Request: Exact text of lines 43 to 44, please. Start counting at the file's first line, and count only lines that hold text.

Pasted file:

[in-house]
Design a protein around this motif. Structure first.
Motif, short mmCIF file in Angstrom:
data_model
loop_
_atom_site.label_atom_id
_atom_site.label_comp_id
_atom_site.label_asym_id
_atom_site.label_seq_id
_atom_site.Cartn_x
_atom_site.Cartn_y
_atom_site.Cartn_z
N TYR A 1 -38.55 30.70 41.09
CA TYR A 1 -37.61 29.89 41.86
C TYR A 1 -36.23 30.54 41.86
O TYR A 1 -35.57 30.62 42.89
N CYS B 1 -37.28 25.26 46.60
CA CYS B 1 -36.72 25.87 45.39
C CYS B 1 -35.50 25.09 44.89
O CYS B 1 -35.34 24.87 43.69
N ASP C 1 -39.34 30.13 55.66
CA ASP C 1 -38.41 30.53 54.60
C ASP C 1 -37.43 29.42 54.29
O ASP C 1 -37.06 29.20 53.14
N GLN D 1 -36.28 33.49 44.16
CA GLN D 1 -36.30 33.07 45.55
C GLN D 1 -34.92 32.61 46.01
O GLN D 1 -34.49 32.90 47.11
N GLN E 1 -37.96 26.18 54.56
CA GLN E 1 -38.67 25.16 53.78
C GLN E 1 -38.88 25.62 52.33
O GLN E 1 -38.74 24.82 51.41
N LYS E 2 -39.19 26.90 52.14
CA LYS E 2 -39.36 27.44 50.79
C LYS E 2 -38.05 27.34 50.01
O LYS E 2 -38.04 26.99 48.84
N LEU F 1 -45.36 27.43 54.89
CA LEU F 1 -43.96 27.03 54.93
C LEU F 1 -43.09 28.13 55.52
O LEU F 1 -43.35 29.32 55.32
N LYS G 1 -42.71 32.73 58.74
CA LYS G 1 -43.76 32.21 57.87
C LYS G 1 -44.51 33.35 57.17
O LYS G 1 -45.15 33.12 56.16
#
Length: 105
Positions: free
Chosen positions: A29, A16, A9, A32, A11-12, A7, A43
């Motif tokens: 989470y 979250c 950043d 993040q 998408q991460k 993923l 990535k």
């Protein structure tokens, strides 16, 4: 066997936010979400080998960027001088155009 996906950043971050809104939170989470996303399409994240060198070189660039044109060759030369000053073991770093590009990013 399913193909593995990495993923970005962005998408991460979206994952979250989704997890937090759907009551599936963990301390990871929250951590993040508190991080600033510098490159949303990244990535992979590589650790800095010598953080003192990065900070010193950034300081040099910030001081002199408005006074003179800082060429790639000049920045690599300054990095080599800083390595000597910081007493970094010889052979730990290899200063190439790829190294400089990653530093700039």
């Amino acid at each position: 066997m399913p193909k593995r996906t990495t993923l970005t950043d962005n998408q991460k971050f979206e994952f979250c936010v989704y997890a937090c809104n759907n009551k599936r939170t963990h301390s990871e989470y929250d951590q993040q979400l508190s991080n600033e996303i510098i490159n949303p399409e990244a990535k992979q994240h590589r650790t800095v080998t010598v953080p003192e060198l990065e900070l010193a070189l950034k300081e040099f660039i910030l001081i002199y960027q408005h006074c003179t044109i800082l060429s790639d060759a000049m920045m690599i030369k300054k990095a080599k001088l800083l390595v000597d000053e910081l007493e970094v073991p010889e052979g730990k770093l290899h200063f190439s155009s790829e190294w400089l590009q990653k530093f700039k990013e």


C LYS G 1 -44.51 33.35 57.17
O LYS G 1 -45.15 33.12 56.16